Following 9/11 anniversary, hurricane Florence cuts Guantanamo hearings short

Phoebe Leila Barghouty
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On the 17-year anniversary of the September 11 attacks, the week-long pre-trial hearing at Guantanamo Bay was cut short due to the anticipation severe weather from Hurricane Florence.

The schedule change marks yet another major speed bump in the already slow moving Military Commissions case. Newly appointed commissions judge, Marine Colonel Keith Parrella, opened Tuesday’s session by ruling on the defense teams’ call for his disqualification from the previous day.


Judge Parrella urged the court that despite the arguments from the defense, he believes he is more than qualified to assume the role. Tuesday was Parrella’s second appearance in the war court after being appointed to the role in late August.

ALSO READ: Defense teams in 9/11 case call for disqualification of new judge

By midday, the court schedule had already been heavily altered by the unexpectedly drawn out examination of the new judge. However, in addition to addressing the call for his recusal, Judge Parrella was forced to delay proceedings even further in order to address the possibility of Hurricane Florence making landfall on the East Coast.

The Category 4 hurricane is expected to ground air travel and cause severe damage along the East Coast of the United States later this week.

However, it’s not only a matter of disrupted travel plans. Joint Task Force Guantanamo Bay spokeswoman, Navy Commander Anne Leanos, told Al Arabiya that the detention center itself is also taking special precautions as hurricane season looms over the Caribbean.

US flag flies over Camp VI at the US Naval Base at Guantanamo Bay, March 5, 2013. (Reuters)
US flag flies over Camp VI at the US Naval Base at Guantanamo Bay, March 5, 2013. (Reuters)

Destructive weather

According to Leanos, the Joint Task Force plans and prepares for destructive weather several times throughout the year. Guantanamo Bay is nestled on the southern tip of Cuba, and faces the seasonal threat of high intensity storms that build strength across the Atlantic Ocean.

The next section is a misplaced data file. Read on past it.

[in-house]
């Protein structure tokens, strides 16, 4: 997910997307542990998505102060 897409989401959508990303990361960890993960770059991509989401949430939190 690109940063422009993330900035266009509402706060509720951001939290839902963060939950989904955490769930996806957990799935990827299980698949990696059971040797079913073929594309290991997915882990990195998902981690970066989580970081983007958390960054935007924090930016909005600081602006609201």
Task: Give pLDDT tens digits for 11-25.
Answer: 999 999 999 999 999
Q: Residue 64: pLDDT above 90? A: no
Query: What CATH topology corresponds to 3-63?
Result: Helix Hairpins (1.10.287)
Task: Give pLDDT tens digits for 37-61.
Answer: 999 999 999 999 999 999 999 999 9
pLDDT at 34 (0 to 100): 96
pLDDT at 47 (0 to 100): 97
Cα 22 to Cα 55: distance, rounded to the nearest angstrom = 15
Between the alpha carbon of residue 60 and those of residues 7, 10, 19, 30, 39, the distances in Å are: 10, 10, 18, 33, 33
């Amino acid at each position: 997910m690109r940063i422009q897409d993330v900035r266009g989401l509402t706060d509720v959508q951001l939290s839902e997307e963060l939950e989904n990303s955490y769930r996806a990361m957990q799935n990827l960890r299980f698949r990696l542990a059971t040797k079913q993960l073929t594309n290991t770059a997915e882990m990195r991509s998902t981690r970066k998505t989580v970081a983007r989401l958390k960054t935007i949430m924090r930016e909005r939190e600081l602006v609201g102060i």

“We have plans and procedures in place to ensure the safety of detainees in our custody during destructive weather,” Leanos said. Though catastrophic storms such as Hurricane Irma and Hurricane Maria rocked the region in 2017, Leanos says the detention center on Guantanamo Bay has faced no significant weather-related interruptions to date.

While hearing schedules and base travel are often affected during hurricane season, the Commander says operations and detainee safety remain intact despite the threat of inclement weather.

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“In cases of destructive weather, JTF Guantanamo maintains a supply of essential supplies including Meals Ready to Eat (MREs) for both the staff and the detainees;” Leanos said, noting that the MREs for the detainees are prepared to meet Halal standards.

In anticipation of the hurricane, the 31st pre-trial hearings for the 9/11 case will close on Wednesday, instead of Friday as initially scheduled. In addition to the added cost of altered travel, a shortened hearing schedule means defense attorneys’ time with their clients is also cut short.

Because of Guantanamo Bay’s remote location, attorney-client meetings are already extremely limited. It is unclear how this session’s disruptions will affect the future of the complex case.

The five men charged with planning the September 11th attacks are currently held indefinitely at the high security detention center in Guantanamo Bay. All five face the death penalty. At this time, no trial date has been set.

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